The album is primarily structured around melancholic chord progressions, strummed gently and accompanied with folky instruments including organs, bodhran drum, bells and according to the promotional flyer for the release, "self-invented percussion instruments." This works well for Hamnskifte and the pacing on the release, which is slow undoubtedly, is well done. Songs range from four minutes up to a Skepticismic twelve minutes long. The breakup of the tracks is done nicely as well. Both the opening track following the intro and the second track afterwards are shorter songs with the former, "Ther Skall Wara Grat Och Tandagnisslan," droning through a melody that is reminiscent of anything Katatonia has done recently while the second song is more folky with more of an emphasis on guitars and less droning hum. The album starts of nicely with these tracks and after the immediate thirteen minutes of slow patient music, a kick me up is needed.

"Foglarna Warda Fanga Medh Snaror," the third track and second longest on Födzlepijnan, is really the only track where distorted guitars are noticeable and yet, they play little part in pushing this track above the shoulders of the others on the album. The distorted guitars fascinate me for the period they exist on the album. They sound clear and natural though I can hear the guitarist strumming them which makes me believe they were recorded very quietly. It's a strange combination of sounds. On the one hand the guitars sound very natural and on the other hand, there are indications that they've been doctored due to the low recording volume. In "Foglarna..." the guitars disappear after three minutes of repetition in progressions and the last five minutes are purely ambient resonance which provides as much of that well needed kick as half a plate of tasteless food with tap water. I desperately clung to hope for a stronger final two tracks.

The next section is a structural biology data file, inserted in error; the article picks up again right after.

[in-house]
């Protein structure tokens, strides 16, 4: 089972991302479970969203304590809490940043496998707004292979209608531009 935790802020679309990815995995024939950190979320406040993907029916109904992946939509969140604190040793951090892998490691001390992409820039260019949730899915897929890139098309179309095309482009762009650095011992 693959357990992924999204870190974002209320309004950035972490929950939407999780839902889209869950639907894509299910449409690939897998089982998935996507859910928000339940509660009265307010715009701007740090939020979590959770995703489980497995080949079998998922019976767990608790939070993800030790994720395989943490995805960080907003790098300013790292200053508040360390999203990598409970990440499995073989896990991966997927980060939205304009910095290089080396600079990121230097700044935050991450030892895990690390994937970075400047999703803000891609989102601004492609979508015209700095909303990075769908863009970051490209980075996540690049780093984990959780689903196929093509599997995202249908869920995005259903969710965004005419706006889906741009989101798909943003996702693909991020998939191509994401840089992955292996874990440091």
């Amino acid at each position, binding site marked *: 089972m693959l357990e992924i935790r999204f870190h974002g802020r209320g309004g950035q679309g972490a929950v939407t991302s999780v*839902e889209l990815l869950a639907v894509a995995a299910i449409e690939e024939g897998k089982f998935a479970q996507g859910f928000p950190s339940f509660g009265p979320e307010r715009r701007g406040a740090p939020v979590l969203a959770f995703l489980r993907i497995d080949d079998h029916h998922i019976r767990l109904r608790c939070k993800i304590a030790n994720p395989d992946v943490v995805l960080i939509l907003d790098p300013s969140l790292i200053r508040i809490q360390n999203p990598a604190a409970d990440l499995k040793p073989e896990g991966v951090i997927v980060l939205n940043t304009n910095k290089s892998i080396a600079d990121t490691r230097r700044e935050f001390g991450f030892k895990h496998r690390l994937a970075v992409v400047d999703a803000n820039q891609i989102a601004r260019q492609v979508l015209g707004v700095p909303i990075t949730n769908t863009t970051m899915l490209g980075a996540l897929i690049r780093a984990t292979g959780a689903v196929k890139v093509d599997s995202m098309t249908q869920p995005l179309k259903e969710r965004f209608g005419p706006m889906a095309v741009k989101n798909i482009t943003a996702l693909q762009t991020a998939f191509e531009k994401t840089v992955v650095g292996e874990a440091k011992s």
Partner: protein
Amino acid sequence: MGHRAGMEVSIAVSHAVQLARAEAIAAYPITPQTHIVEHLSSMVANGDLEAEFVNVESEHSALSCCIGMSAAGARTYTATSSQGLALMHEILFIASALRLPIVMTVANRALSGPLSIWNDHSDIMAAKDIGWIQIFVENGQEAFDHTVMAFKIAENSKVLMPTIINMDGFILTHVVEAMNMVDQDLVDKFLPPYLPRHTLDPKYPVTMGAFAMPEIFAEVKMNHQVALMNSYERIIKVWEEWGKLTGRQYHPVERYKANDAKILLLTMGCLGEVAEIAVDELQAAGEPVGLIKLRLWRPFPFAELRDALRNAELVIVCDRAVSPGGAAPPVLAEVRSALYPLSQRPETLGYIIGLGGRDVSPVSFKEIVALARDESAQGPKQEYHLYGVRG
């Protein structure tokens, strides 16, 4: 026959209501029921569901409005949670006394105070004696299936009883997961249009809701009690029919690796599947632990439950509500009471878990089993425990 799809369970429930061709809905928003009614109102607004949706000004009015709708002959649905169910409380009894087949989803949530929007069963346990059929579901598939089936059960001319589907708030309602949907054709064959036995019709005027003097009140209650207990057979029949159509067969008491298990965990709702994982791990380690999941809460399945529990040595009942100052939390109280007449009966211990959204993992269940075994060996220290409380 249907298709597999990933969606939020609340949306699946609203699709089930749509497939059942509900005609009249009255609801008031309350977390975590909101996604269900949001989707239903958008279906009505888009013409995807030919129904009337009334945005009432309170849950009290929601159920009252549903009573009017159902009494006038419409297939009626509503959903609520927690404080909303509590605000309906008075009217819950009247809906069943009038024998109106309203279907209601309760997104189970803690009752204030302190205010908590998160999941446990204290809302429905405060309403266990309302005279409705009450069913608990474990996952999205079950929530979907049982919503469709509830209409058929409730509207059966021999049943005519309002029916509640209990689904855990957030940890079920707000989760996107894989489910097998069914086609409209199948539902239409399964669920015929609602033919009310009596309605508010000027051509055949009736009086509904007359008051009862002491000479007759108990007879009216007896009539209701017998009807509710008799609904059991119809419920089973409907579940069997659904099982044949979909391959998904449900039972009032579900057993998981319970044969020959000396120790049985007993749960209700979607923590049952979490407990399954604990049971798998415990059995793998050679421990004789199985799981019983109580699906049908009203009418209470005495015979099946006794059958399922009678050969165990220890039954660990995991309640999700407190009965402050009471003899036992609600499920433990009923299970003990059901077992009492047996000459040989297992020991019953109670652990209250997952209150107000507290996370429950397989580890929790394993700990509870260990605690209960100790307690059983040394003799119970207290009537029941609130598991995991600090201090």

"Dageligh Beredelse Emoot Dodenl," and "Uthi Thet Ytterste Morckret" are better than the previous tracks by an amount equal to half of the difference in quality between poor Chinese food and poor Italian food. Dageligh rides too hard on a simple progression interspersed with a bridge riff of no contrast though the repetitive nature of the song highlights what the band should focus on more often: the subtle addition of instruments to the arrangements. While "Dageligh..." is preoccupied with allowing new instruments to attempt to push the song forward, final track "Uthi..." - a twelve minute long monster - is keen to allow the hidden details of the song reveal themselves slowly during it's span. I almost feel as if the main guitar track drops in volume slightly to allow the listener a window into the undulating and swampy sounding background drone of what sounds like a Shruti Box. The drums here are prevalent and it lends the song a very folky and tribal undertone.

Hamnskifte's Födzlepijnanis a slow moving mass for sure with all the songs being slow, patient and soothing. I enjoyed the trance-summoning power of the structure (or non-structure) and for early morning drives in the freezing cold it was a nice break from all the other more generic material that I sift through but in the end, as an album this is most likely very much too repetitive for folk-oriented listeners and not heavy enough for those into Drone and really sub-tempo music. It falls into a place somewhere between - an instrumental album of folky yet slow and droning music that could be happily survived in a video game where your character is walking through a middle eastern marketplace or on a desert highway. In a metalhead's collection this may not fair as well as in the collection of a Brian Eno fan. Ultimately, the tone and vibe is beautiful and relaxing even if the overall songs do have some drawbacks.